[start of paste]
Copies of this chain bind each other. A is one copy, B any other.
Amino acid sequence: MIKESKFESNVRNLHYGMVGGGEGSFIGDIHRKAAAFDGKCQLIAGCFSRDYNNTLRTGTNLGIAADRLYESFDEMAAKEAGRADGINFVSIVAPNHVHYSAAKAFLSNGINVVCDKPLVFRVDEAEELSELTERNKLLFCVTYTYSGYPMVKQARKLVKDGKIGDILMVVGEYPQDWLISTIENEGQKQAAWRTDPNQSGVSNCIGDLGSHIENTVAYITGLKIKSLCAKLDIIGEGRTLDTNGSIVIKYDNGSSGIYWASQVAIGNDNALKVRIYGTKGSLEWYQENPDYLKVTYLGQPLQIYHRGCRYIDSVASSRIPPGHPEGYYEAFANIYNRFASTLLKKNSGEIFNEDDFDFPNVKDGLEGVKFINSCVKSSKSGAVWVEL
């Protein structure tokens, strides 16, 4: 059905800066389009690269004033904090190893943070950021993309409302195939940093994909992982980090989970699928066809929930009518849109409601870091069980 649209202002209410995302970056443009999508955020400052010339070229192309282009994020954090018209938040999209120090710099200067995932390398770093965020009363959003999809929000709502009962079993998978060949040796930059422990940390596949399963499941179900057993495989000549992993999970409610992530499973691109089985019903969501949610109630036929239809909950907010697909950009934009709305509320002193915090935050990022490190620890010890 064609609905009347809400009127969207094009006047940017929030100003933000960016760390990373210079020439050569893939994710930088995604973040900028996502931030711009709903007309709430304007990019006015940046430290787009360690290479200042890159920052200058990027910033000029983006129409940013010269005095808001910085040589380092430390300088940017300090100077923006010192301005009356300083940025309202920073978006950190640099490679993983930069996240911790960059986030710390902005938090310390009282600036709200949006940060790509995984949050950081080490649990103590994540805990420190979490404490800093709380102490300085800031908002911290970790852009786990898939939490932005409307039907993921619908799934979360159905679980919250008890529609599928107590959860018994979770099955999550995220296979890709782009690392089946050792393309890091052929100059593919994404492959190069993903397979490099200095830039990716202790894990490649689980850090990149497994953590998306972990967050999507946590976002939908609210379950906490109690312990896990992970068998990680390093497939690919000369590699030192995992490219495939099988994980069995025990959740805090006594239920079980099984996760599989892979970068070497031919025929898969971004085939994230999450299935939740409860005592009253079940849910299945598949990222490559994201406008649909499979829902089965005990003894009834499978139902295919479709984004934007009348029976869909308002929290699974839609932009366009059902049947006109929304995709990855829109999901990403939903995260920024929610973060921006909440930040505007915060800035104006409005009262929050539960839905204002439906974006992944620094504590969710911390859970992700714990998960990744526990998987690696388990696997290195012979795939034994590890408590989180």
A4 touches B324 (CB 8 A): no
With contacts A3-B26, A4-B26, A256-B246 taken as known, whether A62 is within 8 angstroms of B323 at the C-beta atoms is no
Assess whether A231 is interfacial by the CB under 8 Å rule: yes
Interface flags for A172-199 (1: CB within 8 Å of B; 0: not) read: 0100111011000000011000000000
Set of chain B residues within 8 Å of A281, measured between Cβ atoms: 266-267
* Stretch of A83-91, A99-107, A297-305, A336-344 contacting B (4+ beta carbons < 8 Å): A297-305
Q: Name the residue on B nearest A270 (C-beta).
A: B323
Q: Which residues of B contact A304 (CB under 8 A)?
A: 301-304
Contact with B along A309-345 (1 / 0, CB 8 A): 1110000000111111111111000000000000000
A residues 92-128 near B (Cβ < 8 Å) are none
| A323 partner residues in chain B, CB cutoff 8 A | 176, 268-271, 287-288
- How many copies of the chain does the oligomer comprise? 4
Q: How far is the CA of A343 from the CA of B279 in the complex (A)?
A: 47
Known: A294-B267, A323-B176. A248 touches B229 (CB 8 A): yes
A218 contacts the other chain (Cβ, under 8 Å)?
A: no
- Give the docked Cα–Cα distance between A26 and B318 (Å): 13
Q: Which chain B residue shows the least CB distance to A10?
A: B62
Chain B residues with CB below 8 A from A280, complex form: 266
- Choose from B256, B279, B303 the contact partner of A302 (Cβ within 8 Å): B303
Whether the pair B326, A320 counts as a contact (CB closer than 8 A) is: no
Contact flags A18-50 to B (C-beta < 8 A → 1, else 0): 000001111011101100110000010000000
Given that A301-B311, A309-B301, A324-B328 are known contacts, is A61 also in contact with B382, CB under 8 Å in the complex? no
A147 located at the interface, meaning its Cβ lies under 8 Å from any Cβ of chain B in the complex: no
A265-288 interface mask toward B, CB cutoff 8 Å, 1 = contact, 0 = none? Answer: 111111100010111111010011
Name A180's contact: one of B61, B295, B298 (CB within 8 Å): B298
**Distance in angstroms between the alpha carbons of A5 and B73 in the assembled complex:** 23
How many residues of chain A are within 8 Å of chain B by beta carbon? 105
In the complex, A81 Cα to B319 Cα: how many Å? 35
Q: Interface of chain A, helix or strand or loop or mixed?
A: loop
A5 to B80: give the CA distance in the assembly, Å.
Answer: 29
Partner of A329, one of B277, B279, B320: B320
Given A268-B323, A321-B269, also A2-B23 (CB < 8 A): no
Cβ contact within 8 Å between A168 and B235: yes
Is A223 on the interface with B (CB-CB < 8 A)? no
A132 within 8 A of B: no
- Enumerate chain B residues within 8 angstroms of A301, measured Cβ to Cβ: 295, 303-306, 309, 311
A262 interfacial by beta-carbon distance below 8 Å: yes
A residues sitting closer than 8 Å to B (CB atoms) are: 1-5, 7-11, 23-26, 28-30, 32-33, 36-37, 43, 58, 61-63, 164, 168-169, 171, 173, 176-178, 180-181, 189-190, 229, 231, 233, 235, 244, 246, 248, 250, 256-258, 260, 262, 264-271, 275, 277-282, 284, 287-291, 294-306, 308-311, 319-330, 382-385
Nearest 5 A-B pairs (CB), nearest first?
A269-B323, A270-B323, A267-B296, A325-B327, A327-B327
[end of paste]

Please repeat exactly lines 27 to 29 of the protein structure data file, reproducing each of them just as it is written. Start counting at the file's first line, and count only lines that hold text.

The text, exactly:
- Choose from B256, B279, B303 the contact partner of A302 (Cβ within 8 Å): B303
Whether the pair B326, A320 counts as a contact (CB closer than 8 A) is: no
Contact flags A18-50 to B (C-beta < 8 A → 1, else 0): 000001111011101100110000010000000